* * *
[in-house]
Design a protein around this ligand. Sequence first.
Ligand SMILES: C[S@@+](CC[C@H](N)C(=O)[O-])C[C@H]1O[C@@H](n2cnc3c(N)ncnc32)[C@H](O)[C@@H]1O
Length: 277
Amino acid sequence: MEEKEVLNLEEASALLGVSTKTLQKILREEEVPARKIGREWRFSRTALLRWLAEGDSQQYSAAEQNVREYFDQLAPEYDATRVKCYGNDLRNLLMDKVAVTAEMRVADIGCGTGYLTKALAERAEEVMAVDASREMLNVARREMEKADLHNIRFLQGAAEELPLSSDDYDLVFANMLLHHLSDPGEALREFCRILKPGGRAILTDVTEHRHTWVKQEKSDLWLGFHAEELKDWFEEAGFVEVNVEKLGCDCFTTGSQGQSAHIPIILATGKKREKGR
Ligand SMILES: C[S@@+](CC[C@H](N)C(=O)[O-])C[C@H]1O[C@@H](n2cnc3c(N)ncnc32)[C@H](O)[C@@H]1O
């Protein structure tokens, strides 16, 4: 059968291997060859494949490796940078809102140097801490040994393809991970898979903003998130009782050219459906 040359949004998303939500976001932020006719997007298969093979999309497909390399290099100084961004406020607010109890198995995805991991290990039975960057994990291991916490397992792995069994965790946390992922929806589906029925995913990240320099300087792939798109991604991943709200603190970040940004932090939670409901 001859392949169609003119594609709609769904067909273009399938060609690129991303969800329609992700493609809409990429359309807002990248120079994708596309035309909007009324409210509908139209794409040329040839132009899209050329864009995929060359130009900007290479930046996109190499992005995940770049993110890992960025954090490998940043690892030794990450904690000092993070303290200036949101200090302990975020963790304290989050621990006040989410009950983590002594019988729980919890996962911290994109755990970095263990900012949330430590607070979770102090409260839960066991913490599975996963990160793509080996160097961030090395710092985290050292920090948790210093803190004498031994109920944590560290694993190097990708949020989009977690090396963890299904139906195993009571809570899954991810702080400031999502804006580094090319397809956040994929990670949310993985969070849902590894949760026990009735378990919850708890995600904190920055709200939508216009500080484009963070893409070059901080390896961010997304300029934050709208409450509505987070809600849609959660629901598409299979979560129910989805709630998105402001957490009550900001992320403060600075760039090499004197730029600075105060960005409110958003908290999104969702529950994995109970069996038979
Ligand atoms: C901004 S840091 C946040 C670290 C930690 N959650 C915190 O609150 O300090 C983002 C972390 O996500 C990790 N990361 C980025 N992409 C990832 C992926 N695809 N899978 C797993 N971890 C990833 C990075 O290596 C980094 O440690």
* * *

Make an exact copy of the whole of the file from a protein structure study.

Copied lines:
[in-house]
Design a protein around this ligand. Sequence first.
Ligand SMILES: C[S@@+](CC[C@H](N)C(=O)[O-])C[C@H]1O[C@@H](n2cnc3c(N)ncnc32)[C@H](O)[C@@H]1O
Length: 277
Amino acid sequence: MEEKEVLNLEEASALLGVSTKTLQKILREEEVPARKIGREWRFSRTALLRWLAEGDSQQYSAAEQNVREYFDQLAPEYDATRVKCYGNDLRNLLMDKVAVTAEMRVADIGCGTGYLTKALAERAEEVMAVDASREMLNVARREMEKADLHNIRFLQGAAEELPLSSDDYDLVFANMLLHHLSDPGEALREFCRILKPGGRAILTDVTEHRHTWVKQEKSDLWLGFHAEELKDWFEEAGFVEVNVEKLGCDCFTTGSQGQSAHIPIILATGKKREKGR
Ligand SMILES: C[S@@+](CC[C@H](N)C(=O)[O-])C[C@H]1O[C@@H](n2cnc3c(N)ncnc32)[C@H](O)[C@@H]1O
């Protein structure tokens, strides 16, 4: 059968291997060859494949490796940078809102140097801490040994393809991970898979903003998130009782050219459906 040359949004998303939500976001932020006719997007298969093979999309497909390399290099100084961004406020607010109890198995995805991991290990039975960057994990291991916490397992792995069994965790946390992922929806589906029925995913990240320099300087792939798109991604991943709200603190970040940004932090939670409901 001859392949169609003119594609709609769904067909273009399938060609690129991303969800329609992700493609809409990429359309807002990248120079994708596309035309909007009324409210509908139209794409040329040839132009899209050329864009995929060359130009900007290479930046996109190499992005995940770049993110890992960025954090490998940043690892030794990450904690000092993070303290200036949101200090302990975020963790304290989050621990006040989410009950983590002594019988729980919890996962911290994109755990970095263990900012949330430590607070979770102090409260839960066991913490599975996963990160793509080996160097961030090395710092985290050292920090948790210093803190004498031994109920944590560290694993190097990708949020989009977690090396963890299904139906195993009571809570899954991810702080400031999502804006580094090319397809956040994929990670949310993985969070849902590894949760026990009735378990919850708890995600904190920055709200939508216009500080484009963070893409070059901080390896961010997304300029934050709208409450509505987070809600849609959660629901598409299979979560129910989805709630998105402001957490009550900001992320403060600075760039090499004197730029600075105060960005409110958003908290999104969702529950994995109970069996038979
Ligand atoms: C901004 S840091 C946040 C670290 C930690 N959650 C915190 O609150 O300090 C983002 C972390 O996500 C990790 N990361 C980025 N992409 C990832 C992926 N695809 N899978 C797993 N971890 C990833 C990075 O290596 C980094 O440690």